I usually know how a story starts and how a story ends and usually have an idea on a few scenes that I'd like to include, but the big thing for me isn't about creating a road map to follow. It's about creating characters that I feel are real, and then putting them in a situation and seeing what happens. I find characters will usually lead the way and stories will tell you what they need. Now, I have done full road mapping, too, but it's less enjoyable for me. I've got an entire Adventures of the Five novel mapped out, for instance, but I've had it mapped out for four or five years and haven't written it as a novel, yet. Part of that is because once I've figured everything out, I get a little bored and want to make something new.

When road mapping works for me is mid-stream. If I'm writing a novel and get stuck, then I like to stop, map out what I've already written and then figure out the best way to get to the end.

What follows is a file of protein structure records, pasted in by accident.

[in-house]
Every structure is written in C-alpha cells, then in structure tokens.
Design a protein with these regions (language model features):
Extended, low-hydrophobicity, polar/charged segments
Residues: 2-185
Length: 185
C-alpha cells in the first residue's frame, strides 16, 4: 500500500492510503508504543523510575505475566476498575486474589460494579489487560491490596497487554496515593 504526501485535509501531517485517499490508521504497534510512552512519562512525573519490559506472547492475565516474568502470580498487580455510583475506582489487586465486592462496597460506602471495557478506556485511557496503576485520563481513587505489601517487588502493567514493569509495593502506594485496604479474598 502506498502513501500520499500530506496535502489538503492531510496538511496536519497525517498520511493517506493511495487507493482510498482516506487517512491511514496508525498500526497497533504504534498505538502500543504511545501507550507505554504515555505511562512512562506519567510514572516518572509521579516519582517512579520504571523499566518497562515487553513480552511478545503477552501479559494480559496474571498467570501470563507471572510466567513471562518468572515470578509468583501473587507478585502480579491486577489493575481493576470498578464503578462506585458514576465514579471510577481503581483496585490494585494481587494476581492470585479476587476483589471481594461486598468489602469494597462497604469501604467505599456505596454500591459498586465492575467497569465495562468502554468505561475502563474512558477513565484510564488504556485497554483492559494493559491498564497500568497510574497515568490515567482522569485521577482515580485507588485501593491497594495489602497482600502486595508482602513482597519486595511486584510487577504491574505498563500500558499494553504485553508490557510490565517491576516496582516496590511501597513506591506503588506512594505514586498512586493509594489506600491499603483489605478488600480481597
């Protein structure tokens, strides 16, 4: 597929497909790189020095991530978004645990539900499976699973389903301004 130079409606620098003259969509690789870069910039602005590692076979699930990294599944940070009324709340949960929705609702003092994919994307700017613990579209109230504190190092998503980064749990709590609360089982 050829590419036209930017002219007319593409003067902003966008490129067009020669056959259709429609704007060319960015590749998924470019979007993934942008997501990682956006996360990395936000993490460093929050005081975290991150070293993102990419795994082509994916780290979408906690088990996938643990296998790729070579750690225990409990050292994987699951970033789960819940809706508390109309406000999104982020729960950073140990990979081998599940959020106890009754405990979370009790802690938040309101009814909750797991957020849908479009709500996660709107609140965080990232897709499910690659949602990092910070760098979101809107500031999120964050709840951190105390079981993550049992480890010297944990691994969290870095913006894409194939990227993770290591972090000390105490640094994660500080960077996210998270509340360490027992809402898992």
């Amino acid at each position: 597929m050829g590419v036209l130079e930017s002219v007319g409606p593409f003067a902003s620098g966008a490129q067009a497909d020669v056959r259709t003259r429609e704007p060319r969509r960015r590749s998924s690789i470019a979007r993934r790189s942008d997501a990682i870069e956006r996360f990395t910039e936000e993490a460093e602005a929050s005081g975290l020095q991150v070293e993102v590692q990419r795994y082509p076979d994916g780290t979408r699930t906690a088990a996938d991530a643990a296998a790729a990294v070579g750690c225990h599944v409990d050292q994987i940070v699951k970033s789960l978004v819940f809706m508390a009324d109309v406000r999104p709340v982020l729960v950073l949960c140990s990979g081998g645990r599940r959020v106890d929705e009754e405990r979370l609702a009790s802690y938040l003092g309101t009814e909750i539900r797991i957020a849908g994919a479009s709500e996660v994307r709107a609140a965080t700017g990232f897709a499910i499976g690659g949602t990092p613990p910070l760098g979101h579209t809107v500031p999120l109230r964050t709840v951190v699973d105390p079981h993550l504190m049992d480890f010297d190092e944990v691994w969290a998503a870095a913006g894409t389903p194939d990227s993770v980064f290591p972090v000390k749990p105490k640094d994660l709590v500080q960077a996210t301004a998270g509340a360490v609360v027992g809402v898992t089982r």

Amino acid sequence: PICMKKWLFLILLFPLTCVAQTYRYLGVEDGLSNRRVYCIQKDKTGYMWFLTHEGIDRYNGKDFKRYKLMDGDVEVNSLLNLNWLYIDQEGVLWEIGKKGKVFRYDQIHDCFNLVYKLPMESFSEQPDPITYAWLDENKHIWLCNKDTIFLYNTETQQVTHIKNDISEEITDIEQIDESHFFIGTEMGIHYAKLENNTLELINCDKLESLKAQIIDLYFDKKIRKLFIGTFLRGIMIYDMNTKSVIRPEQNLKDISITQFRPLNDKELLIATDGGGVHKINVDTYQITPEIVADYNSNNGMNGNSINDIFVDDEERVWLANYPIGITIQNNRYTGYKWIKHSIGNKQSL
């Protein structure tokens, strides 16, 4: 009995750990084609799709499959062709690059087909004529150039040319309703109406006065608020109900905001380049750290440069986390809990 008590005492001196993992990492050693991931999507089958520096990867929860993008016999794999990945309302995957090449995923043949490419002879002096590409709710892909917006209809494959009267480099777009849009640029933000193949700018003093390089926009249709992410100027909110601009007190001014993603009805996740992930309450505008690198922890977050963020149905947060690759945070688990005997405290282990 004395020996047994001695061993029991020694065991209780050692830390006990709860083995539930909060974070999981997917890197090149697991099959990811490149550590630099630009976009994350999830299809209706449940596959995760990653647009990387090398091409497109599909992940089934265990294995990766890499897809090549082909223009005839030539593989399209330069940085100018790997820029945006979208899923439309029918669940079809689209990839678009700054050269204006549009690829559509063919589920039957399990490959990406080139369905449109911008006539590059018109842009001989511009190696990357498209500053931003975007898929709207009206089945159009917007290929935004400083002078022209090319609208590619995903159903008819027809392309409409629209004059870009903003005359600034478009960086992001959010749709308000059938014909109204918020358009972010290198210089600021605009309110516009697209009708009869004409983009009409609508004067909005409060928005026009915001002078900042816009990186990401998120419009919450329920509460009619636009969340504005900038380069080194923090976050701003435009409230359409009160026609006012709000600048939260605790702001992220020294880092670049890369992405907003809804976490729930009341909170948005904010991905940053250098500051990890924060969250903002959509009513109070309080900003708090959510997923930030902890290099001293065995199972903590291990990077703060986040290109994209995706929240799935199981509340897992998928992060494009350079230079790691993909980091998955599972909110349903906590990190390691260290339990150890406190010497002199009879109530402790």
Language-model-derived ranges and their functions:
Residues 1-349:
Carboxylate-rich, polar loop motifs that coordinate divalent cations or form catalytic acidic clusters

So what can we expect to see from you in the coming months?


I mentioned “Pretty Girl” up above and I think that Psychopomp special should be out this summer. I'll be posting new stories every so often at my website ( ), alongside reviews of whatever summer movies I see.

I have five books that I'd like to see hit print before the end of the year, but that is likely not going to happen. This summer should see the release of Gunfighter Gothic: Under Zeppelin Skies and Atomic Reactions: Sci-Fi Films Volume 1, a collection of my sci-fi reviews from Atomic Anxiety. Those are all but definite.